Klaus Naumann. Generale in der Demokratie: Generationsgeschichtliche Studien zur Bundeswehrelite. Hamburg: Hamburger Edition, 2007. 383 pp. EUR 28.00 (cloth), ISBN 978-3-936096-76-7.
Reviewed by Jörg Muth
Published on H-War (September, 2012)
Commissioned by Margaret Sankey (Air University)
The title of the book is carefully phrased because the subtitle calls it not a “study” but “studies” about the generations of the Bundeswehr--the armed forces of the German Federal Republic--military elite. The reason for that careful phrasing of the title becomes clear when looking at the rather diverse sources and the methodology used by the author Klaus Naumann. The book is divided into four parts, the first one a brief but concise and knowledgeable introduction about the topic and methodology, the last one a rather short ten-page summary.
Part 2, “Officers without an Army,” in its first portion, focuses on a reevaluation of sources, which were well known by experts in the field. In 1955, the Frankfurt Institute for Social Research initiated an empirical group experiment to understand the current German mentality. The sociologists wanted to generate an ambiance like that of strangers meeting in a railroad car. A total of 121 groups were created of 1,635 persons, with 7 of the groups made up of former officers. It is those 7 groups that Naumann reevaluates. To ignite a discussion, the sociologists composed a letter from a fictional U.S. Army Sergeant Coburn who commented on a multitude of German topics. Because the interview transcripts were correctly anonymized, it is unclear if any of the officers in the groups ever made it into the Bundeswehr. Naumann correctly points out, quoting one of the sociologists, that the Wehrmacht officer corps was anything but heterogeneous. Unfortunately, this well-known fact about the German officer corps has been “rediscovered” in other recent scholarship of the last two years about the German officers and sold to readers as a new finding.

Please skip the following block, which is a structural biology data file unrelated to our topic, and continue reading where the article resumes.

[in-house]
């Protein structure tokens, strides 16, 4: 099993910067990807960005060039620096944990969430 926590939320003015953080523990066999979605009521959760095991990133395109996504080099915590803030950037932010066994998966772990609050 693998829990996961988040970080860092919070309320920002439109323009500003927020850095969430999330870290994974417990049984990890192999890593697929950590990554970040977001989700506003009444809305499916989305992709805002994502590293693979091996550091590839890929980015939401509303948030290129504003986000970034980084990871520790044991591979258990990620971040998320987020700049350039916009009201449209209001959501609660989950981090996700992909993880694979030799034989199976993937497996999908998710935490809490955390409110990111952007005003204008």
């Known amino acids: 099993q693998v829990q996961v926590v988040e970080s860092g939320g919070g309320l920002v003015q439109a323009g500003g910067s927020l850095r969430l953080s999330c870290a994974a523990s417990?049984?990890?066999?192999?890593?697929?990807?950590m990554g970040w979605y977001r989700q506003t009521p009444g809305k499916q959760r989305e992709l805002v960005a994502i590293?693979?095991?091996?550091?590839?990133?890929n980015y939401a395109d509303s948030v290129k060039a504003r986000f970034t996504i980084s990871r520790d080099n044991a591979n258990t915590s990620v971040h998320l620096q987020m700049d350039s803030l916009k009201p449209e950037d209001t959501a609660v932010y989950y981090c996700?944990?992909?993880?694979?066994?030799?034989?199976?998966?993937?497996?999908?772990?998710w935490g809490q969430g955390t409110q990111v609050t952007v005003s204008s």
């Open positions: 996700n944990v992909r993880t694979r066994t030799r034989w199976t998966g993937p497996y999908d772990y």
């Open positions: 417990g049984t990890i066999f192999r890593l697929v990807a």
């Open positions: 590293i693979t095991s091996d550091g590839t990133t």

The second portion of part 2 follows the journeys and interviews of the former German social scientist Hans Speier, who had to flee his home country because of the Nazis. Speier became a U.S. citizen and an employee and leading scientist of the RAND corporation. Between 1951 and 1955, he traveled several times to Germany to interview former Wehrmacht generals--most of them major players during the war. The timeframe of his interviews is especially relevant because it encompasses the beginning of the discussion about the German rearmament and the direct steps that were taken to do it. In this portion of the chapter, the author offers more than a reevaluation of Speier’s published works. While examining the original interview logs of Speier’s papers, he discovered some gems, including character assessments of the generals that had not been previously published. It is this part of Naumann’s book that was for this reviewer the most valuable.